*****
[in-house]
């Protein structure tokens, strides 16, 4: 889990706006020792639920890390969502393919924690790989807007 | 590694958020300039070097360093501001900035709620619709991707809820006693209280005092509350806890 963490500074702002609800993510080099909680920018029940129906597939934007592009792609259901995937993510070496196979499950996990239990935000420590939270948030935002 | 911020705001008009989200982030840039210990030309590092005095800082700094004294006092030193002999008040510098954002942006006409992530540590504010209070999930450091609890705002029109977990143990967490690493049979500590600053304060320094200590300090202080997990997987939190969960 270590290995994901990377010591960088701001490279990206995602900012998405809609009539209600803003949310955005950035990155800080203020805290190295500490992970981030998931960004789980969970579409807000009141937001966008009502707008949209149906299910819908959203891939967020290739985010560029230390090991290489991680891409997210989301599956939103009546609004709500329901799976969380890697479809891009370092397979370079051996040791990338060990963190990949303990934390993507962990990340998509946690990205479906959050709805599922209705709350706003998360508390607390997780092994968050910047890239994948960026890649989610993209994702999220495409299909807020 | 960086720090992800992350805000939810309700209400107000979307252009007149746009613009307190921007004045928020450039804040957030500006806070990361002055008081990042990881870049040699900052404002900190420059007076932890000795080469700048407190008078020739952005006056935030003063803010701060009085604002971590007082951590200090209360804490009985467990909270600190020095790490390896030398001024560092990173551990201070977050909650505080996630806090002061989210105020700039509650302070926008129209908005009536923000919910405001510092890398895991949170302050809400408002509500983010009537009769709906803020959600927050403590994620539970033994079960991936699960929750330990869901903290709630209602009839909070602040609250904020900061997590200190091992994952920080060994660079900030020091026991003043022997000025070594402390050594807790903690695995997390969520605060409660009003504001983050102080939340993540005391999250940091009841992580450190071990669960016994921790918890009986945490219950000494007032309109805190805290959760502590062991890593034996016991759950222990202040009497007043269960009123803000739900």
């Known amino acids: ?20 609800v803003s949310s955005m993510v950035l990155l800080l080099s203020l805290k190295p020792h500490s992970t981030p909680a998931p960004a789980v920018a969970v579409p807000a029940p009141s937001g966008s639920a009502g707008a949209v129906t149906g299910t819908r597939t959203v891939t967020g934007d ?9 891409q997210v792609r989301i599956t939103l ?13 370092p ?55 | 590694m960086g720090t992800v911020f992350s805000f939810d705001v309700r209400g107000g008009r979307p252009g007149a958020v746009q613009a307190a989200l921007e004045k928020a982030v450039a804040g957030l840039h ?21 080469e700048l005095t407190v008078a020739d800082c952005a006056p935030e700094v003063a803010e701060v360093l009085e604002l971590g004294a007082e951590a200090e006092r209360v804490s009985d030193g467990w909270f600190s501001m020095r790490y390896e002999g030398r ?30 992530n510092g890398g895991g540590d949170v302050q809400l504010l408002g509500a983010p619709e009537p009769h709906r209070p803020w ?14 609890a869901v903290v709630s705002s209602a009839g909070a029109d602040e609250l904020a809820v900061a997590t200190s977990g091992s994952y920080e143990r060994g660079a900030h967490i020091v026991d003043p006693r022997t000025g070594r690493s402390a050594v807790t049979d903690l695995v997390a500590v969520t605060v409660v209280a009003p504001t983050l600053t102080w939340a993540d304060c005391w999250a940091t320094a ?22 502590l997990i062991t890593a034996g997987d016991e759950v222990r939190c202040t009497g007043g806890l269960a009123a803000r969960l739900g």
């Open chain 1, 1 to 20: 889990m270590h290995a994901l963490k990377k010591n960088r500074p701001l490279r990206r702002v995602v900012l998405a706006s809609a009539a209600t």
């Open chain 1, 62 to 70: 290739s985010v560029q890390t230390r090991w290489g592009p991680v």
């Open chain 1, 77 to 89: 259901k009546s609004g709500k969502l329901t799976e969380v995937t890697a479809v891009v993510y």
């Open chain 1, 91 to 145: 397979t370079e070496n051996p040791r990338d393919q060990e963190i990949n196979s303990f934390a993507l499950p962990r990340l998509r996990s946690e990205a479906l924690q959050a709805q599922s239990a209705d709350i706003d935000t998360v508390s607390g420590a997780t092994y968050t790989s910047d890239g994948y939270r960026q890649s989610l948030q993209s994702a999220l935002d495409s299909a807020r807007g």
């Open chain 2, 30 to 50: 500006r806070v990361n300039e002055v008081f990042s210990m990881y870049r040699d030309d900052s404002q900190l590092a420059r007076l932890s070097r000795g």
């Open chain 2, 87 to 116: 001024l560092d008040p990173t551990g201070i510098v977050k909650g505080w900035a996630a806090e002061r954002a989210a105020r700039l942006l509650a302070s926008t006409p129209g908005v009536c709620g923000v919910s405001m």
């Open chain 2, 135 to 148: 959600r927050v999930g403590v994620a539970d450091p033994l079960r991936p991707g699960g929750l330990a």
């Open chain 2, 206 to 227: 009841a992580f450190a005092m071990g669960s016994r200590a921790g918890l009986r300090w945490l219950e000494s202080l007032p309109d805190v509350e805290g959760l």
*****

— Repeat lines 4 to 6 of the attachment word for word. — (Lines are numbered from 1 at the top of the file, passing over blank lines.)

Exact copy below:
């Open chain 1, 1 to 20: 889990m270590h290995a994901l963490k990377k010591n960088r500074p701001l490279r990206r702002v995602v900012l998405a706006s809609a009539a209600t």
């Open chain 1, 62 to 70: 290739s985010v560029q890390t230390r090991w290489g592009p991680v």
């Open chain 1, 77 to 89: 259901k009546s609004g709500k969502l329901t799976e969380v995937t890697a479809v891009v993510y």